Reflexive Essay

My film project ‘Untucked Margate’, came from my anthropological interest in gender and identity and my interest within the LGBT community. I did not want my film to have some political agenda, or make the film into a controversy. I wanted to show a “minority” group just as they are in their everyday setting/life. This is what I aimed at in the process of making my film. I wanted to show the audience the perspective of the drag queens. I wanted to show how they lead normal life’s to everyone else, and prove any misconceptions or ideas people may of had about drag queens, to have it dismissed and challenged. In this sense, I was trying to education people on what drag queens do, and why they do it. “We do not grasp an image of the world but rather construct representations that substitute for the world”(Grasseni 2011,p.42). This is what I wanted to portray in my film.

My inspiration came from films such as Paris is burning and Tangerine. Particularly, Paris is burning, this challenged gender and identity at the time, and was one of the first documentaries to show what drag queens do. The film was hugely successful still to this day, and is why a number of drag queens first get into drag themselves. It can be seen as a history to drag. As Paris is burning set the stone of drag, it helped put it on the map at the time, and is still relevant today.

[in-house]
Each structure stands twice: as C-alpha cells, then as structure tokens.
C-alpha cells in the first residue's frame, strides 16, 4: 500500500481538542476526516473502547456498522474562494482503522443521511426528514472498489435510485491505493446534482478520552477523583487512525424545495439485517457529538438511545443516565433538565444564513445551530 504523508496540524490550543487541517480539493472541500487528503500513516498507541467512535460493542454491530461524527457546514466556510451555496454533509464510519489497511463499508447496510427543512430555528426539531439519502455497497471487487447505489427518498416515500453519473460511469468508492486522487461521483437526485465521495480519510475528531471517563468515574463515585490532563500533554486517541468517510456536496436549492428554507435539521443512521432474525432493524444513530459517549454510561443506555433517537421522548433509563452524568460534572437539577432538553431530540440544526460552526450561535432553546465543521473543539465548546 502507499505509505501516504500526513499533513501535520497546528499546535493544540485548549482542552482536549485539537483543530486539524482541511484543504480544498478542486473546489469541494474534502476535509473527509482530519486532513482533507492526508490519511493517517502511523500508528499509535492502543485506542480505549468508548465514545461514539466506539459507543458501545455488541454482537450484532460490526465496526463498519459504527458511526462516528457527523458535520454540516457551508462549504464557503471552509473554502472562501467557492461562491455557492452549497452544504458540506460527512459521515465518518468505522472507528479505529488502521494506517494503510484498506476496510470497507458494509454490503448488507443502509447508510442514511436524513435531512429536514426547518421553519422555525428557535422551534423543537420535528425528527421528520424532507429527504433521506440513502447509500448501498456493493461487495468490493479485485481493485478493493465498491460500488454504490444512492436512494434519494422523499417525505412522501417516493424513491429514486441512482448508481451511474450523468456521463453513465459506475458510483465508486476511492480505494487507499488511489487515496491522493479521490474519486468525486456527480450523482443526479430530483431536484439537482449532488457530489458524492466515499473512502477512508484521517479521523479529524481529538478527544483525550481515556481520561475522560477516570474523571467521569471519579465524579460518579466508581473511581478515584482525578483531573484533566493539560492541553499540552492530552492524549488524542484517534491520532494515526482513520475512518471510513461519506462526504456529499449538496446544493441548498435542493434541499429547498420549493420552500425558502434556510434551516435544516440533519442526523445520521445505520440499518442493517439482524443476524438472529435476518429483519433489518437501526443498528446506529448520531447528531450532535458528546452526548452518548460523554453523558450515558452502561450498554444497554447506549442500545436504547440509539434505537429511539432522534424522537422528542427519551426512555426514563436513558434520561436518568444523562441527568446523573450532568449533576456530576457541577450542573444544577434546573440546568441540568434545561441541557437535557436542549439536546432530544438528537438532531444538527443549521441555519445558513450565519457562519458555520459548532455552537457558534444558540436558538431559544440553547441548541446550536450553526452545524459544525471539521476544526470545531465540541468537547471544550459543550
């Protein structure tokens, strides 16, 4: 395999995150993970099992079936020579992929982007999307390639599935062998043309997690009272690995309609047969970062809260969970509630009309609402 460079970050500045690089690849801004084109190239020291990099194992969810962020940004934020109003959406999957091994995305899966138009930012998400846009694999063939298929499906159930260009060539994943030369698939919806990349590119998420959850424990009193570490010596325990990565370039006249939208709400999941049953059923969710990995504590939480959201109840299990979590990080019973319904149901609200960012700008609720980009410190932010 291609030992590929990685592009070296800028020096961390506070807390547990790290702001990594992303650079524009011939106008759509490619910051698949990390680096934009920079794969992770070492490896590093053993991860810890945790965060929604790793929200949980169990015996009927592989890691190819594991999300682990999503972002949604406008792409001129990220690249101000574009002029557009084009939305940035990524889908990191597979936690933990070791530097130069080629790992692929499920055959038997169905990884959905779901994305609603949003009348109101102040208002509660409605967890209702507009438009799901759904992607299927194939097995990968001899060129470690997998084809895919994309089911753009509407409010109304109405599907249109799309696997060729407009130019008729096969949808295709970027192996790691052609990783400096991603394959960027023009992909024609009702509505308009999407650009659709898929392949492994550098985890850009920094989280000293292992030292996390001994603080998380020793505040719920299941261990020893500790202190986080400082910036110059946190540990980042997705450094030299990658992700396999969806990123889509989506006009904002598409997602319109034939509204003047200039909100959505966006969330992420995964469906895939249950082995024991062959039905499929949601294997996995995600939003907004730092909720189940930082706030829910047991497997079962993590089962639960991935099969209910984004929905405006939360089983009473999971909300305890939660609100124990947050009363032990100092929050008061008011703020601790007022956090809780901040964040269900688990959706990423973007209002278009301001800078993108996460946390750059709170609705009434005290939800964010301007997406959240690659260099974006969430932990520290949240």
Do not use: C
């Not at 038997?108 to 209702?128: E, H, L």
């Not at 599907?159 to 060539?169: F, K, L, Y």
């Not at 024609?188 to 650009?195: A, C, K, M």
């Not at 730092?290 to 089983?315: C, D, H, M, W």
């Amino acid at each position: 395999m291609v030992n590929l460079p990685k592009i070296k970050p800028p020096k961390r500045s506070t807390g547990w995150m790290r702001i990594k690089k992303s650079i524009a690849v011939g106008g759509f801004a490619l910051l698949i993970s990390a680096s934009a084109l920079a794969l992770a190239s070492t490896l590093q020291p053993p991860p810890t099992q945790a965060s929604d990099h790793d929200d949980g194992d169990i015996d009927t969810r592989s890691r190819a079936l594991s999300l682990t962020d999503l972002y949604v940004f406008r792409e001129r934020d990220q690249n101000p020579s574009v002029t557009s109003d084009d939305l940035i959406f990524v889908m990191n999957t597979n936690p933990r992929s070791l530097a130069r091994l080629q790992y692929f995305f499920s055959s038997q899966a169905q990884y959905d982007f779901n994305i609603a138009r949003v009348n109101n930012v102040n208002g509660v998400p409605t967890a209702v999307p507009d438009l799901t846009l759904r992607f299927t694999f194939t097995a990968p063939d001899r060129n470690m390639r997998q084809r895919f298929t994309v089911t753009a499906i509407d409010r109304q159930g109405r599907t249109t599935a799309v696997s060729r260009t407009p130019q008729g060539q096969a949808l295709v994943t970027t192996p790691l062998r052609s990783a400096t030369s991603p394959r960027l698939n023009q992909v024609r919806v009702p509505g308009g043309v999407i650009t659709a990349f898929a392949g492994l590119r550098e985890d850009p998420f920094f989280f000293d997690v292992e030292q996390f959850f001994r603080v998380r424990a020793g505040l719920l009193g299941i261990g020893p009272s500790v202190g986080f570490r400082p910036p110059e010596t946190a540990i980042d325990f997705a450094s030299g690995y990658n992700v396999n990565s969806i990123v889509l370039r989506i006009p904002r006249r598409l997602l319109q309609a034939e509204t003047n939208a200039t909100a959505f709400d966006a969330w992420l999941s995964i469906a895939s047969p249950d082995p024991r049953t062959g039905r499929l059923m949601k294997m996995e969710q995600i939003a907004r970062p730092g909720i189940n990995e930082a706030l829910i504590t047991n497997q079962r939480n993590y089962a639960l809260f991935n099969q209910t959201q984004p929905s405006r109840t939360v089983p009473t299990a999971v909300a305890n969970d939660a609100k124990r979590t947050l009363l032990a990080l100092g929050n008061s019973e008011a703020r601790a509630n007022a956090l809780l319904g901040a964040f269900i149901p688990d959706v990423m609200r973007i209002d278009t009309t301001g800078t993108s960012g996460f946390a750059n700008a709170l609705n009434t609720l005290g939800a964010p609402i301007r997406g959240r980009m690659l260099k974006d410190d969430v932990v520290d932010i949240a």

I first got in contact with the group, asking them if they would like to be in the documentary and they kindly agreed. I then took it upon myself to go to one of their shows but without any camera equipment, just to introduce myself and get a feel of the group and to make the comfortable around me, and find out who I was. The first meeting with them, with me introducing myself and talking about my ideas for the film helped bring a bond between us. This helped make them feel more comfortable in front of the camera. The drag queens were very much involved throughout the creative process as I was. We discussed ideas for the film, what they wanted to bring to the documentary. Communication and collaboration from both parties really helped shape the film and bring a realness, authentic feel to the film. I feel like this is a very important element to have when working in film. It is very important to include collaborative work. It  enables informants to produce or contribute to documents they want, it enables research and the creation of other forms of academic knowledge

For Rouch (1989) “the process of film making is an act of belief, the belief that his films are as much a product of his unconscious “filmmaker’s” mind as they are the careful documentaries of an “ethnographer”(DeBouzek 1989, p,306) . He acknowledges the ambiguous nature of the relationship between the person who films and those who are filmed, a relationship that brings into question the nature of an absolute “truth” seen from a single point of view. Ambiguity and the unknown rather than posing a problem to the “surrealist ethnographer,” is actively pursued; it is through ambiguity that another reality can reveal itself. I included this in my approach when it came to editing. I wanted to portray the film as ambiguous, I want people to make their own interpretations of the film.